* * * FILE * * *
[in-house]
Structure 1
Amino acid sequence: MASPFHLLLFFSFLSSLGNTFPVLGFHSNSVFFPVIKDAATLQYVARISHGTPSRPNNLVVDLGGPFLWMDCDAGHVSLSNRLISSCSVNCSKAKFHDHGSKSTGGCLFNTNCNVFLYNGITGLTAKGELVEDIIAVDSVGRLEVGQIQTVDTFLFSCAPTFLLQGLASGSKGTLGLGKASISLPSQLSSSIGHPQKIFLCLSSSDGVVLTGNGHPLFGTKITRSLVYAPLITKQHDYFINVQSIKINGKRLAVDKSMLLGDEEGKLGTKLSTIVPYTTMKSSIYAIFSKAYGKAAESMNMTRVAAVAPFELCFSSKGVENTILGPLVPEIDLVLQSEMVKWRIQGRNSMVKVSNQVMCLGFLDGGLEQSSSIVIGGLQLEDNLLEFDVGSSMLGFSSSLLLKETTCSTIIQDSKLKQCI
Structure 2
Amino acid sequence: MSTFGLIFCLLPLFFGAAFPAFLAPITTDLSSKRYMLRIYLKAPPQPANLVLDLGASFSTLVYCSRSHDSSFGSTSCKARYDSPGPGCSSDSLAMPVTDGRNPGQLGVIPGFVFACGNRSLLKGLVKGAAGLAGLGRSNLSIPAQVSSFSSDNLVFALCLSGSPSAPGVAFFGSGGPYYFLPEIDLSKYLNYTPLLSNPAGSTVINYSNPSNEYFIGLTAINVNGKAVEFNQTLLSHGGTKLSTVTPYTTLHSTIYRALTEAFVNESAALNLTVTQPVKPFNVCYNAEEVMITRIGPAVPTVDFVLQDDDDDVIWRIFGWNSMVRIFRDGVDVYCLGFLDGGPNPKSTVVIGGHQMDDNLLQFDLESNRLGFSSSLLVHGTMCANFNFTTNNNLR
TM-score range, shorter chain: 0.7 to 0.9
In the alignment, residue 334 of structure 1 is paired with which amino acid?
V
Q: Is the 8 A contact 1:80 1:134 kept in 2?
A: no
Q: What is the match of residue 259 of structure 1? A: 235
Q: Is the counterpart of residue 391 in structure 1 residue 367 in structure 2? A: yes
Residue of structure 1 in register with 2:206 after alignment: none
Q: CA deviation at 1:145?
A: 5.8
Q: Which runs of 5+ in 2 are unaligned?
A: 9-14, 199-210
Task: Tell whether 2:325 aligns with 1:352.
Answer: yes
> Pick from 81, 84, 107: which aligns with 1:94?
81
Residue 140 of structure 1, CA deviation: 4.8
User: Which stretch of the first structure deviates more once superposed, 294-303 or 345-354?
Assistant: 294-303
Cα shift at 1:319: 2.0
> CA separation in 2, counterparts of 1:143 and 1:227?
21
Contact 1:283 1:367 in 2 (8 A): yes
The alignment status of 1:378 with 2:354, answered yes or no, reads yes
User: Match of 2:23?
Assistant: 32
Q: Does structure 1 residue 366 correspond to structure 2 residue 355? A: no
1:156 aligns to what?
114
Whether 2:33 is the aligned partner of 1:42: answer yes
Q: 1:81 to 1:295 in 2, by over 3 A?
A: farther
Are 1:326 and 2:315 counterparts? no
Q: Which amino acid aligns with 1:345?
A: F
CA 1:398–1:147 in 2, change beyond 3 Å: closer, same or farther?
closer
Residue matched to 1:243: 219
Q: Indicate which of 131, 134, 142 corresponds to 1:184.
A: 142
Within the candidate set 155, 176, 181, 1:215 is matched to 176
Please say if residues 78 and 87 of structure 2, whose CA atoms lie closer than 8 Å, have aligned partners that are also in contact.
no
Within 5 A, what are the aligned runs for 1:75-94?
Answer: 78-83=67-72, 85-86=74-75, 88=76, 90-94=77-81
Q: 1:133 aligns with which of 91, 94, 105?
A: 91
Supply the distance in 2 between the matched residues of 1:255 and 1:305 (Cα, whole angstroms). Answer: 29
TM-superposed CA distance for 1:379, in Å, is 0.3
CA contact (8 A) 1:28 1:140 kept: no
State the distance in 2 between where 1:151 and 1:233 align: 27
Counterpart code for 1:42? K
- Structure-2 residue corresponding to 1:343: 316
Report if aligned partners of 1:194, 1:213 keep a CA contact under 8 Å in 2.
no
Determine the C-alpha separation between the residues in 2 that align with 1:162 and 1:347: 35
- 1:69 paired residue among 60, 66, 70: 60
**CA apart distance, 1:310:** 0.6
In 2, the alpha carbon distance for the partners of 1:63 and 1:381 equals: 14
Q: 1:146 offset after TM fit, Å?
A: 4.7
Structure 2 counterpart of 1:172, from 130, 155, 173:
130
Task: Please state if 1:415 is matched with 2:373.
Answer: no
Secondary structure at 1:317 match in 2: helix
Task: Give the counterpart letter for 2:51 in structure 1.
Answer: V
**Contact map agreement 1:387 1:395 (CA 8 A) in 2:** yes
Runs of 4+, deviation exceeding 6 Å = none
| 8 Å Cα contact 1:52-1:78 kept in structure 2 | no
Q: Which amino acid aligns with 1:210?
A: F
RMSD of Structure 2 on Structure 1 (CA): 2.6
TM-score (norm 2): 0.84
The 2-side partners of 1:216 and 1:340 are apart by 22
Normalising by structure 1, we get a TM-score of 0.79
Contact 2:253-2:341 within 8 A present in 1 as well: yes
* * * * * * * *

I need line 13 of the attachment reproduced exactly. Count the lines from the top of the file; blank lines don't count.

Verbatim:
Residue of structure 1 in register with 2:206 after alignment: none